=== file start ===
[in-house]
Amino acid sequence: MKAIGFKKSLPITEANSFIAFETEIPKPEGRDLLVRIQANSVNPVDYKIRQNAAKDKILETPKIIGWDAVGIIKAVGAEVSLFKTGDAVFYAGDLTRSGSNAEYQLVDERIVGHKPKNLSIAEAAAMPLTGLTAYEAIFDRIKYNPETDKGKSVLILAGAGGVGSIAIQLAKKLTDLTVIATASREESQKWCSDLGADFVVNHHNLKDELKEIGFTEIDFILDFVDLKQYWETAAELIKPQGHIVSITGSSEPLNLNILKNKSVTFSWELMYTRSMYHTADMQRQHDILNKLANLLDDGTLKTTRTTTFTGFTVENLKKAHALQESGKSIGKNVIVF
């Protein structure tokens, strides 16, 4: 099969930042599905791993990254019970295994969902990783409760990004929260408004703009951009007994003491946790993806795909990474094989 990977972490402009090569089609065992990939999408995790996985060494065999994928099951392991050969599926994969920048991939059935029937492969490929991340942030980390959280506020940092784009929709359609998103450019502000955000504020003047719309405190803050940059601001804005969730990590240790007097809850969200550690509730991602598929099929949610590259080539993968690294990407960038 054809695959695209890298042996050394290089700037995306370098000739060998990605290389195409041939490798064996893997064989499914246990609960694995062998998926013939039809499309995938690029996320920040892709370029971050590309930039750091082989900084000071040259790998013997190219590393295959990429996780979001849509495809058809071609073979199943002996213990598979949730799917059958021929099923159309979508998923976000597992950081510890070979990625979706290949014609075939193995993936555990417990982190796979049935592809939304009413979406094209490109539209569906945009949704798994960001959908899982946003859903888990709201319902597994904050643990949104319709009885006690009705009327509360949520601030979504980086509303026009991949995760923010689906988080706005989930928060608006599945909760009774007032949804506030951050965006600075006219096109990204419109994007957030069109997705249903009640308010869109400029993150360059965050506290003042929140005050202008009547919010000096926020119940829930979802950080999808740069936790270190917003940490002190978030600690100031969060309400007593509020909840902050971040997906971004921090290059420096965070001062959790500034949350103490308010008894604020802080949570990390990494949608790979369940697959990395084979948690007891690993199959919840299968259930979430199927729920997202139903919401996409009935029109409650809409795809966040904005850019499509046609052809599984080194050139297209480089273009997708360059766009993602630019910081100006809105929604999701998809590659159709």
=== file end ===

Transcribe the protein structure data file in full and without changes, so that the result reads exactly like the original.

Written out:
[in-house]
Amino acid sequence: MKAIGFKKSLPITEANSFIAFETEIPKPEGRDLLVRIQANSVNPVDYKIRQNAAKDKILETPKIIGWDAVGIIKAVGAEVSLFKTGDAVFYAGDLTRSGSNAEYQLVDERIVGHKPKNLSIAEAAAMPLTGLTAYEAIFDRIKYNPETDKGKSVLILAGAGGVGSIAIQLAKKLTDLTVIATASREESQKWCSDLGADFVVNHHNLKDELKEIGFTEIDFILDFVDLKQYWETAAELIKPQGHIVSITGSSEPLNLNILKNKSVTFSWELMYTRSMYHTADMQRQHDILNKLANLLDDGTLKTTRTTTFTGFTVENLKKAHALQESGKSIGKNVIVF
């Protein structure tokens, strides 16, 4: 099969930042599905791993990254019970295994969902990783409760990004929260408004703009951009007994003491946790993806795909990474094989 990977972490402009090569089609065992990939999408995790996985060494065999994928099951392991050969599926994969920048991939059935029937492969490929991340942030980390959280506020940092784009929709359609998103450019502000955000504020003047719309405190803050940059601001804005969730990590240790007097809850969200550690509730991602598929099929949610590259080539993968690294990407960038 054809695959695209890298042996050394290089700037995306370098000739060998990605290389195409041939490798064996893997064989499914246990609960694995062998998926013939039809499309995938690029996320920040892709370029971050590309930039750091082989900084000071040259790998013997190219590393295959990429996780979001849509495809058809071609073979199943002996213990598979949730799917059958021929099923159309979508998923976000597992950081510890070979990625979706290949014609075939193995993936555990417990982190796979049935592809939304009413979406094209490109539209569906945009949704798994960001959908899982946003859903888990709201319902597994904050643990949104319709009885006690009705009327509360949520601030979504980086509303026009991949995760923010689906988080706005989930928060608006599945909760009774007032949804506030951050965006600075006219096109990204419109994007957030069109997705249903009640308010869109400029993150360059965050506290003042929140005050202008009547919010000096926020119940829930979802950080999808740069936790270190917003940490002190978030600690100031969060309400007593509020909840902050971040997906971004921090290059420096965070001062959790500034949350103490308010008894604020802080949570990390990494949608790979369940697959990395084979948690007891690993199959919840299968259930979430199927729920997202139903919401996409009935029109409650809409795809966040904005850019499509046609052809599984080194050139297209480089273009997708360059766009993602630019910081100006809105929604999701998809590659159709």